My Sicilian grandmother spent all her adult life as a city-dweller, but she never forgot how to glean. She'd visit us in the New Jersey suburbs, staying at my aunt's house next door. We had an apple tree we never tended, so it produced fruit sporadically--and the apples themselves were puny, eventually dropping to make a sweet-sour mash under the tree by late autumn. But in September she'd wander into the yard, bending over and finding some fruit worthwhile enough--cut off the bad parts, scold away a worm or two. We could shake our heads at her all we'd like, but eventually we'd get little folded-over cookies with sweet apples in the middle--and she could never bake enough of them for her grown grandchildren.
The Gleaners and I is a documentary/personal essay by the New Wave filmmaker Agnes Varda, whose impish face is half-glimpsed a few times along the way, a field gnome watching Millet's after-harvest gleaners make their way toward us, past us, and into town, where dumpsters and markets wait. While the film sheds some light on the time-honored practice of picking through the leftovers, it becomes something else: a reflection on the cast-off and the junked, the physical pleasure of finding something good in the muck, the satisfaction of a free meal, and the pride in leaving nothing to waste.
And so gleaning becomes a metaphor, of course--for work, for the generous heart of true justice, for friendship and naturally for art/film itself, presented as collage/montage, the accidentally-on-purpose patterns formed by found objects, the sudden glimpse of oneself filming, at one point Varda's dangling lens cap another performer, a free-jazz dancer--and even her camera is an apt gleaning tool: a small camcorder, easy enough for anyone to use, easy as bending over and finding an apple worth eating and a heart-shaped potato.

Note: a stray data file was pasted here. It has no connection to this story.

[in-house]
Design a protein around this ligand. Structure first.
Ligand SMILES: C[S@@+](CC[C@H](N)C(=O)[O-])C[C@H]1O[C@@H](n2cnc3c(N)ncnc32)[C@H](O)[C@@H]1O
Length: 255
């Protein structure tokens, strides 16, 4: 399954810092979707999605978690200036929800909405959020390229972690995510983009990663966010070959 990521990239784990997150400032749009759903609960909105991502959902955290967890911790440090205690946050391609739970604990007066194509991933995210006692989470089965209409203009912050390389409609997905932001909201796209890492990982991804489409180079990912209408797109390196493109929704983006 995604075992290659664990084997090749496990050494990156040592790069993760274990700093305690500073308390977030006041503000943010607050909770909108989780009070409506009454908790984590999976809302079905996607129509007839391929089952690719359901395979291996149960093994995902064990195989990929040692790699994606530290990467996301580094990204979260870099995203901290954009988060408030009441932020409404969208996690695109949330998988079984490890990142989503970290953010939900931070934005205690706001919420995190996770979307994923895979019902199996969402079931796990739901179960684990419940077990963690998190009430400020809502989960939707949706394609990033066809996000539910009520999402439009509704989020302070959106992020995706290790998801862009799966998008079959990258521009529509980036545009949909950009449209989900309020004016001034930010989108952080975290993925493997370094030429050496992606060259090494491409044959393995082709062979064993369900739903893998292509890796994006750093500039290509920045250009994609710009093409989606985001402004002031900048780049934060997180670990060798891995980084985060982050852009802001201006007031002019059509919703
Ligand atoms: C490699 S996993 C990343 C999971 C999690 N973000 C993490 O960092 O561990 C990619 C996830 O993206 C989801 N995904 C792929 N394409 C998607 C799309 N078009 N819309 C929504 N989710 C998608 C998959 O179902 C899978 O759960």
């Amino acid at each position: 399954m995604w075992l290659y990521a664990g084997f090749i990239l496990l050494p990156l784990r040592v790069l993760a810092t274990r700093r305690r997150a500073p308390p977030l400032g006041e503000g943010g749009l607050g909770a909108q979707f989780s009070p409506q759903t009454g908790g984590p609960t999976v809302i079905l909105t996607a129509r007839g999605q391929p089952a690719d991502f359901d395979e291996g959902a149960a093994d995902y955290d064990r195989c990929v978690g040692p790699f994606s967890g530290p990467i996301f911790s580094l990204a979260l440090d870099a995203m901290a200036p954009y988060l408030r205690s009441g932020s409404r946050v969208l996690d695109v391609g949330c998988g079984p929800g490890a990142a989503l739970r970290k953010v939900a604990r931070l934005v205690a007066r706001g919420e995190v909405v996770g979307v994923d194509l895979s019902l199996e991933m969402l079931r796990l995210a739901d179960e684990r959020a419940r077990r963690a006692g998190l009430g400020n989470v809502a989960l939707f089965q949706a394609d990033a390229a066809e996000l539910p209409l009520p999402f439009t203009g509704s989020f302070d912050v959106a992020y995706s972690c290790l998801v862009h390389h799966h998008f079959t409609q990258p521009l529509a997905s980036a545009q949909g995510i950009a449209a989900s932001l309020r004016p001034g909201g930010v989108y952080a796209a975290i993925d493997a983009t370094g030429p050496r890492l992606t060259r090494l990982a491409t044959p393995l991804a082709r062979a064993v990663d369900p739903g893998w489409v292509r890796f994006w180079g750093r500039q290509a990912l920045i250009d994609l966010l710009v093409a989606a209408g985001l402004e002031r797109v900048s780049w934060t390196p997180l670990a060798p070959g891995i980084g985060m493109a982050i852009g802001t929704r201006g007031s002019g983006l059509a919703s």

Varda narrates with an assured combination of philosophical coolness and open-hearted glee, each profile punctuated by sly humor and genuine delight, her curiosity about the variations on gleaning insatiable--her little bowl haircut sliding across the frame as she watches us gleaning her gleaning the gleaners. Like much of the New Wave, this late entry is as much about movie-making as it is a movie--but Varda is an old pro rejuvenated by the little camera in her hand, and she plays like a talented child: Just watch/listen to her ruminations on her wrinkled hands, and those same hands playing a forced-perspective game with freeway trucks, grabbing them and squeezing as she passes each. The Gleaners and I takes the eco-idea of "sustainability" and makes it an everyday possibility--but one infused with French introspection and solid rural/urban know-how. We can all sustain, she tells us, as long as we learn to bend a little.